Sanni Onogu, Abuja
The Senate on Wednesday explained why it declined to pass the 2019 Budget of the Niger Delta Development Commission (NDDC). It cited some infractions in the commissions spending in the 2018 budget.
The Upper chamber, which was considering the 2019 budget of the Commission votes for last year, asked the NDDC to furnish it with details of the 2018 expenditures before it could pass last year’s budget.
The resumed consideration came against the backdrop of an earlier refusal by Senate Committee on Niger Delta Affairs to consider the budget due to the appointment of an Interim Management Committee for the Commission.
Committee Chairman Peter Nwaoboshi said: “We want to see the budget of emergency projects and the consulting firms’ three per cent of N1 billion because we know the appropriation for emergency projects in 2018.
“If what we are reading is anything to go by, we need to know the volume and the people that have these emergency projects.
“If we don’t get it because we don’t want to disrupt your budget defence, we are going to conduct a public hearing.
“Assuming we want to make provision in the 2019 budget, if we don’t know what you have done, we can’t make adequate provisions for the genuine ones.
“We can’t give you approval for what we don’t know about. We need to know. NDDC is in the news every day. After this defence, by next week, we are going to lay this budget at the National Assembly.”
Another committee member, Senator Matthew Urhoghide (Edo South), said despite the Senate’s concerned about the financial infractions at the NDDC, the Red Chamber “is willing to partner with it to achieve progress.”
Urhoghide added: “I will just go straight to the 2018 budget performance. It is good you get to know our observations so they do not get to repeat themselves.
“Even if it is in the new thinking that you want to reposition NDDC, we are concerned but we want to be partners in progress with you.”
“There are too many things here that we cannot adjudge as good enough when it comes to spending public funds.
“Let us start from recurrent expenditure. Virtually all the releases that were done, we are recording 100%. The same amount that was given was exactly what you spent. This is wrong.
“The one that is worrisome for me is the one that comes to capital expenditure. You will recall that you spent 90 per cent of what accrued to you as revenue in 2018.
“Ten per cent went to recurrent which was about N35 billion out of the N346 billion you received. Ninety per cent went to capital.
“Ninety per cent of that money went to 10 per cent of line items. For the first time, you exceeded the provisions in 78 line items by 1000 per cent and 5000 per cent, I don’t know how I am going to look at that, not in little margins of one per cent.
“What you were supposed to spend say maybe N1 billion on, you spent N50 billion. We will probably find those who were responsible for it.
In her response, NDDC’s Acting Managing Director, Dr. Gbene Joi Nunieh, appealed to the Committee give her time to supply the required documents and explanations.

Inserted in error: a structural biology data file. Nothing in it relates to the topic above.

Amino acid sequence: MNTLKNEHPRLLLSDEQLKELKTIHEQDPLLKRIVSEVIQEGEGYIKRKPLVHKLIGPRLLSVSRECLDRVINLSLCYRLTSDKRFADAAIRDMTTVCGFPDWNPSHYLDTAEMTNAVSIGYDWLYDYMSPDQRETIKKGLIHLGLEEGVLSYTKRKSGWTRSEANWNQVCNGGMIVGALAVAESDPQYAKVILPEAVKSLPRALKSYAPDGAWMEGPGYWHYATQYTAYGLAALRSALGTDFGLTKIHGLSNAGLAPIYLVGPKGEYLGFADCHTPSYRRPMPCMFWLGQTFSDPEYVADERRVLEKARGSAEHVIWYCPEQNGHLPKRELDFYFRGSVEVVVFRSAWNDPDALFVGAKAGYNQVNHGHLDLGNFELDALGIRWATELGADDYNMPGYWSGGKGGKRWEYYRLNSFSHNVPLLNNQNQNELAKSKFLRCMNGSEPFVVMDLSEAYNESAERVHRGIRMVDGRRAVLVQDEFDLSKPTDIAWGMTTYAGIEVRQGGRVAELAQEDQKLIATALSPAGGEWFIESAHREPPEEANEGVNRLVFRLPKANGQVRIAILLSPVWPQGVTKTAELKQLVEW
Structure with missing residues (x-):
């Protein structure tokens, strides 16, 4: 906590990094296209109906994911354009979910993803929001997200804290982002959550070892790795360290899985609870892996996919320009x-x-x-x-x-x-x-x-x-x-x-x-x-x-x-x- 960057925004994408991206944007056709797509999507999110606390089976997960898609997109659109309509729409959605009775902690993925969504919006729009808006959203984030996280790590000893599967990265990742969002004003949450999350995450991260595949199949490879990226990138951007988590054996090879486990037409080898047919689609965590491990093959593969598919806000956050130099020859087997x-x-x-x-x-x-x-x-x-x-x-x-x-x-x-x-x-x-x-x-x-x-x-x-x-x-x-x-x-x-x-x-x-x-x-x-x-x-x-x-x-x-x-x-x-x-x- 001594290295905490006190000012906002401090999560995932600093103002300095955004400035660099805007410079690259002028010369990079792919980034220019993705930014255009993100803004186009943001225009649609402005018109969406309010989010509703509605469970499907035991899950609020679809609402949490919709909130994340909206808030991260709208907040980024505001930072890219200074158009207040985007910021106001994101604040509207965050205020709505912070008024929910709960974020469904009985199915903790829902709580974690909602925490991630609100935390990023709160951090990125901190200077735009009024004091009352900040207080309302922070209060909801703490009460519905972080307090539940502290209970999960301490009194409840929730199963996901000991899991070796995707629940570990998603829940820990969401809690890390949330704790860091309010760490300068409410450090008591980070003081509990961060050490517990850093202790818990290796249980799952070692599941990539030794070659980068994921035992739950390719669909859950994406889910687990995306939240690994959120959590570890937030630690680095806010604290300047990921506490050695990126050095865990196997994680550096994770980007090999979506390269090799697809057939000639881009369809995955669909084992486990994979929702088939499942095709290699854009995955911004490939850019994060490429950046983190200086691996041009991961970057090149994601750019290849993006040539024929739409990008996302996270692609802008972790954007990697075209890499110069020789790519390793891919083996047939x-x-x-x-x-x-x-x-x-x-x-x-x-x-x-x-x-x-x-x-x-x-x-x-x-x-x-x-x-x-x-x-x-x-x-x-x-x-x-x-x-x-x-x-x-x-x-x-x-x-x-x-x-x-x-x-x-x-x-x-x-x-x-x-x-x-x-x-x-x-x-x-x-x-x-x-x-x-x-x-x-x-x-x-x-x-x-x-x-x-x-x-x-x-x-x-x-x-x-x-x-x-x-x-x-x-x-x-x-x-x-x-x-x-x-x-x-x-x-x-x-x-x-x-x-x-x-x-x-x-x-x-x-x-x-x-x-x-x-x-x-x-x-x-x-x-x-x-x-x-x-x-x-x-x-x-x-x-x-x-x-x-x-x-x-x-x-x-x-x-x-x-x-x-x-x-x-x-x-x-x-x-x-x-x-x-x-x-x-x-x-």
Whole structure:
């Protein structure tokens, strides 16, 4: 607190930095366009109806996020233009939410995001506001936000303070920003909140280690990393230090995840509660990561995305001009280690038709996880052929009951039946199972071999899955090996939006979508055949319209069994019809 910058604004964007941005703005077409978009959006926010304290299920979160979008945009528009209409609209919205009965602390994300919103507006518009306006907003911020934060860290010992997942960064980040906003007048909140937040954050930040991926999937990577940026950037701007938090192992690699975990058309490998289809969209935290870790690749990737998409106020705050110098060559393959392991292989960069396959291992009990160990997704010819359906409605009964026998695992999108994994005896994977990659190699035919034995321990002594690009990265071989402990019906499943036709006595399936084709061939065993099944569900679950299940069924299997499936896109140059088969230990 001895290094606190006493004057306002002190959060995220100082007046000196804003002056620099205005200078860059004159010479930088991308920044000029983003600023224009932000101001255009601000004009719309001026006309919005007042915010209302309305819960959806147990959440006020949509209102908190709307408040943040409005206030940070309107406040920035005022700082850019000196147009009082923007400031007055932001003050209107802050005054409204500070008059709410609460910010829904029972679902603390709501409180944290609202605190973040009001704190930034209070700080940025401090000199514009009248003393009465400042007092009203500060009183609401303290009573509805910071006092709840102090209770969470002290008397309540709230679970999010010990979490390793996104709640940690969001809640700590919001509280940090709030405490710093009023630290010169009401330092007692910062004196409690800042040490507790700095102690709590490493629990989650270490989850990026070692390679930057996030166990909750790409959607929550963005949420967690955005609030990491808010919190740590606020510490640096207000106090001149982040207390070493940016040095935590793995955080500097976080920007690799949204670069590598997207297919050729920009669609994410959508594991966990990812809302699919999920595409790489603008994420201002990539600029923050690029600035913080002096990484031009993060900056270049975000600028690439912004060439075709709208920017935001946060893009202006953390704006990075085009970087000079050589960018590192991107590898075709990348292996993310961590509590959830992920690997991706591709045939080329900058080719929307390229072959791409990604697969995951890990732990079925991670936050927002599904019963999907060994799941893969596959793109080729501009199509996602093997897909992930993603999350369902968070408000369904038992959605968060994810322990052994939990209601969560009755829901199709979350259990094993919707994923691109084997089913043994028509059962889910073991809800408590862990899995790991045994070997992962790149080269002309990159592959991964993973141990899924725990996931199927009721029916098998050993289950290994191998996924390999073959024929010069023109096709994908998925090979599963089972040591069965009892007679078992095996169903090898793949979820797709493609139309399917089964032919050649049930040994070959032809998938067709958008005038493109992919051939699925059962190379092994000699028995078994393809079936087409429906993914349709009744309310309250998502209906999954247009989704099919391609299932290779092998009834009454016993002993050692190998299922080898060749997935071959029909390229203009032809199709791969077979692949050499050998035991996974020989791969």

Mrs. Nunieh said: “We are working on it so we can get you the list. We are trying to get the documents all together.
“I would just like to appeal to you to give us time to get back to you. We didn’t think we were supposed to come with the details before this Committee.
“The verification is taking place. It is my fault, I take responsibility as Managing Director but I didn’t know it will be required for the budget defence. By Tuesday, God willing, the list will be with you.”
Presenting N346 billion as the agency’s 2019 budget, Mrs. Nunieh told the Committee that she had been under tremendous pressure by “alleged” fake contractors to pay them for spurious projects.
She, however, assured the committee that interim board will not bow to pressure and pay anybody for jobs not executed.
Mrs. Nunieh said: “I have been under so much pressure and blackmail because I have been pressurised to pay contractors quickly.
“Everyone has complained that the people in our region are hungry. But we belong to those communities and the communities must take ownership of the projects.
“So, I assure you that we are not going to be under any pressure to pay contractors that have not performed. We have started a verification exercise. A lot of embarrassing things have happened.”
She admitted that there are a lot of misplaced projects being handled by the Commission, stating: “I know that there are a lot of misplaced projects in this budget and that’s what we’re trying to correct in this new position.
“Now, we’re trying to ensure thay there is proper assessment for projects to be taken to various communities. We’re not just going to say ‘yes, I know Mr X, so let’s build a stadium for them’.
“I’d like to say that we are particular about the environmental impact assessment.
“We want to ensure that when NDDC goes to a community to do a project, they should be able to provide proof that the plot of land has been donated to the commission. Some residents do come to claim a plot of land after a structure has been built on it.”